An indigenous cinema subsidised by the State has developed in South Africa since the sixties. This enabled the mainstream film to survive, but also supported films aimed directly at black audiences.

“The van der Merwes… are the first family of South Africa’s made-for-blacks film industry, having cranked out more than 200 between them since Tonie’s first productions in the early Seventies. In fact, it is not difficult to make 100 of these films in seven years. Preparation is minimal. Scripts are the barest synopses, left to the actors’ improvisational skills. Shooting time varies from two to ten days, editing never more than two. Much of the footage is pinched from earlier features… “The blacks aren’t fussy,” says Gary van der Merwe. “Most of our audiences are rural. Some of these people have seen a motor car before, let alone a movie. They’ll take anything you give them.” Their work – like that of the entire local film industry that produces knock-off black-exploitation films – is bankrolled by the South African government through a byzantine system of subsidies. (Powell, Fisher)

This and the black audiences have created white, multi-millionaire film producers. The first black film producer (`coloured’ in Apartheid-speak) was Anant Singh: In 1984 he teamed up with young white director, Darrell Roodt, to make a film that treated directly the oppression of black people in the countryside, Place of Weeping. Singh and Roodt have continued with a series of critical films, most famously Sarafina, a film adaptation of a stage musical. It was written by black African activist Mbongeni Ngema and originally performed outside South Africa in New York.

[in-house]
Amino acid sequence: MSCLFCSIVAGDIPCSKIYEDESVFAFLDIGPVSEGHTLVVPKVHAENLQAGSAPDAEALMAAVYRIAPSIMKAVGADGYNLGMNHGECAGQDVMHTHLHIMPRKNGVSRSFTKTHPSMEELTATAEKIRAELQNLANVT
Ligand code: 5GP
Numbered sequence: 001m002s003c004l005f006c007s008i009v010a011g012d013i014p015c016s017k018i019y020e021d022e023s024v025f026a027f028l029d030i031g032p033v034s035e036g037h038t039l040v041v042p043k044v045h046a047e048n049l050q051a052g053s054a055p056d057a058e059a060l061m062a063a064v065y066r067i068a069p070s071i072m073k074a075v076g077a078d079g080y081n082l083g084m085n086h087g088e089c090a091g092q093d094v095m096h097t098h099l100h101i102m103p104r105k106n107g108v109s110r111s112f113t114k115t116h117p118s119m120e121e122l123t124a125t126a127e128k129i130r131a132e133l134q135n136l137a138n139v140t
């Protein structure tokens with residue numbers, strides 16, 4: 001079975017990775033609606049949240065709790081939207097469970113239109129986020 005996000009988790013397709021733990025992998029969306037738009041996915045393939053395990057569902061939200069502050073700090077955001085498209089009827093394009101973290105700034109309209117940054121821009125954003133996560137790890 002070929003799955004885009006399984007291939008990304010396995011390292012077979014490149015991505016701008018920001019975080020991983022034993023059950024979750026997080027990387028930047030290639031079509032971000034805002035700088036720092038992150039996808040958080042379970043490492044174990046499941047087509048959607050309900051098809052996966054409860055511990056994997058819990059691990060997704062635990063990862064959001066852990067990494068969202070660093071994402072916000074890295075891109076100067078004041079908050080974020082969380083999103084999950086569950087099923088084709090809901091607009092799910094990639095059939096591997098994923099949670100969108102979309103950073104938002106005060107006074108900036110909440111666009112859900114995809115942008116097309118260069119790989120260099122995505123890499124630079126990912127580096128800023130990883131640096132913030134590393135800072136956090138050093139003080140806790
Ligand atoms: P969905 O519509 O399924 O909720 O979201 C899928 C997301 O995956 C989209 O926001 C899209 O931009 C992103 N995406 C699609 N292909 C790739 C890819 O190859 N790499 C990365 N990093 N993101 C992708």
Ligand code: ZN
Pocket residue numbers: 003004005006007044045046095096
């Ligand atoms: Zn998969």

The film is set in Soweto during the school student rebellions of the mid-1980s. In the film the musical numbers sit uneasily with a film drama, which provides a view of the township experience through the eyes of school students. There is also a mismatch between the personal story of Sarafina (Leleti Khumalo) and the more collective sequences depicting the suppression, imprisonment and torture of the rebellious school students. There are still many powerful and moving sequences in the film. At its centre is Sarafina’s admiration for Nelson Mandela and her politically conscious teacher, Mary Masombuka (Whoopi Goldberg) who practises resistance but who says “don’t ask me to kill”. Sarafina is imprisoned after a school rebellion and an execution of a black policeman.